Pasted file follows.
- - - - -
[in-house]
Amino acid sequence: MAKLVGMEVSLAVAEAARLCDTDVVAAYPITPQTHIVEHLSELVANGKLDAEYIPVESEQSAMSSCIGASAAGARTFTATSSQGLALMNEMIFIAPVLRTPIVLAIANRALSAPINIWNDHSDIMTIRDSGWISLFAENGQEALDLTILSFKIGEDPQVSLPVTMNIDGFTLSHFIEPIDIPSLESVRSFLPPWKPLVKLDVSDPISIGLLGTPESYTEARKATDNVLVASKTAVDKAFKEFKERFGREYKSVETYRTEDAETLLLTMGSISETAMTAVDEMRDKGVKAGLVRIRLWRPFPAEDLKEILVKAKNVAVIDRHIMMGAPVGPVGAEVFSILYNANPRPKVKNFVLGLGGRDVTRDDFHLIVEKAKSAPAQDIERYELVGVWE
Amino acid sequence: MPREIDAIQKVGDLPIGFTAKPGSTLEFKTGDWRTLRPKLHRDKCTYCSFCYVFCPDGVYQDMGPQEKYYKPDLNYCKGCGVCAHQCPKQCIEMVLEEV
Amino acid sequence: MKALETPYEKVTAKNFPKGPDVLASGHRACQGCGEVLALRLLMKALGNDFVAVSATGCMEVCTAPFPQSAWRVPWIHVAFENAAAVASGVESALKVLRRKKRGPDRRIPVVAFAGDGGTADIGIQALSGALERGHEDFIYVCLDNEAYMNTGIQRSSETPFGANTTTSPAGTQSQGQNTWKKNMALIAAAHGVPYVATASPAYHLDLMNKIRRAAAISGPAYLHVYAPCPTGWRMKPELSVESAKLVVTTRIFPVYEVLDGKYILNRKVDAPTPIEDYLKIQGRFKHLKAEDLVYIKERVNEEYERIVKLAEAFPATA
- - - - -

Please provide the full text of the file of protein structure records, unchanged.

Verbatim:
[in-house]
Amino acid sequence: MAKLVGMEVSLAVAEAARLCDTDVVAAYPITPQTHIVEHLSELVANGKLDAEYIPVESEQSAMSSCIGASAAGARTFTATSSQGLALMNEMIFIAPVLRTPIVLAIANRALSAPINIWNDHSDIMTIRDSGWISLFAENGQEALDLTILSFKIGEDPQVSLPVTMNIDGFTLSHFIEPIDIPSLESVRSFLPPWKPLVKLDVSDPISIGLLGTPESYTEARKATDNVLVASKTAVDKAFKEFKERFGREYKSVETYRTEDAETLLLTMGSISETAMTAVDEMRDKGVKAGLVRIRLWRPFPAEDLKEILVKAKNVAVIDRHIMMGAPVGPVGAEVFSILYNANPRPKVKNFVLGLGGRDVTRDDFHLIVEKAKSAPAQDIERYELVGVWE
Amino acid sequence: MPREIDAIQKVGDLPIGFTAKPGSTLEFKTGDWRTLRPKLHRDKCTYCSFCYVFCPDGVYQDMGPQEKYYKPDLNYCKGCGVCAHQCPKQCIEMVLEEV
Amino acid sequence: MKALETPYEKVTAKNFPKGPDVLASGHRACQGCGEVLALRLLMKALGNDFVAVSATGCMEVCTAPFPQSAWRVPWIHVAFENAAAVASGVESALKVLRRKKRGPDRRIPVVAFAGDGGTADIGIQALSGALERGHEDFIYVCLDNEAYMNTGIQRSSETPFGANTTTSPAGTQSQGQNTWKKNMALIAAAHGVPYVATASPAYHLDLMNKIRRAAAISGPAYLHVYAPCPTGWRMKPELSVESAKLVVTTRIFPVYEVLDGKYILNRKVDAPTPIEDYLKIQGRFKHLKAEDLVYIKERVNEEYERIVKLAEAFPATA